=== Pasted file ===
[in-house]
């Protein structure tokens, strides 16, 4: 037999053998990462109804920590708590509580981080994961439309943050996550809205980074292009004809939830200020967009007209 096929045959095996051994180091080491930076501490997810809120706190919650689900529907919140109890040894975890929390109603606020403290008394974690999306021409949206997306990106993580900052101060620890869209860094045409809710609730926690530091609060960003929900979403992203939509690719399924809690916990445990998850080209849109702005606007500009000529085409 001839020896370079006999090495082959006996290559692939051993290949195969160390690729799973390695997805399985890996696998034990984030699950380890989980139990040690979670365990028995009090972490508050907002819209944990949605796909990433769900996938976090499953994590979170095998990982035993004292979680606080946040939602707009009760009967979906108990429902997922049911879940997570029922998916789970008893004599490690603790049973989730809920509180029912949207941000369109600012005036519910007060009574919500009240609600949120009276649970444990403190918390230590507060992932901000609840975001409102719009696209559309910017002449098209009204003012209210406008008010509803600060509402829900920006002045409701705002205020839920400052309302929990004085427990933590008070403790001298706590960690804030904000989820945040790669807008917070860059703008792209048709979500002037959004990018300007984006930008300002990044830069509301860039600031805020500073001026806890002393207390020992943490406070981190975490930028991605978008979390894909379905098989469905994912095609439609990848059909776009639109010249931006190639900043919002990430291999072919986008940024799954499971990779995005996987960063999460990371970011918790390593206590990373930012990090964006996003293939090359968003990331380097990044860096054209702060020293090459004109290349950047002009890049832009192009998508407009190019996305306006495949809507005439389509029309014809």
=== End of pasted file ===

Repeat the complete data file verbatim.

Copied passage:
[in-house]
């Protein structure tokens, strides 16, 4: 037999053998990462109804920590708590509580981080994961439309943050996550809205980074292009004809939830200020967009007209 096929045959095996051994180091080491930076501490997810809120706190919650689900529907919140109890040894975890929390109603606020403290008394974690999306021409949206997306990106993580900052101060620890869209860094045409809710609730926690530091609060960003929900979403992203939509690719399924809690916990445990998850080209849109702005606007500009000529085409 001839020896370079006999090495082959006996290559692939051993290949195969160390690729799973390695997805399985890996696998034990984030699950380890989980139990040690979670365990028995009090972490508050907002819209944990949605796909990433769900996938976090499953994590979170095998990982035993004292979680606080946040939602707009009760009967979906108990429902997922049911879940997570029922998916789970008893004599490690603790049973989730809920509180029912949207941000369109600012005036519910007060009574919500009240609600949120009276649970444990403190918390230590507060992932901000609840975001409102719009696209559309910017002449098209009204003012209210406008008010509803600060509402829900920006002045409701705002205020839920400052309302929990004085427990933590008070403790001298706590960690804030904000989820945040790669807008917070860059703008792209048709979500002037959004990018300007984006930008300002990044830069509301860039600031805020500073001026806890002393207390020992943490406070981190975490930028991605978008979390894909379905098989469905994912095609439609990848059909776009639109010249931006190639900043919002990430291999072919986008940024799954499971990779995005996987960063999460990371970011918790390593206590990373930012990090964006996003293939090359968003990331380097990044860096054209702060020293090459004109290349950047002009890049832009192009998508407009190019996305306006495949809507005439389509029309014809």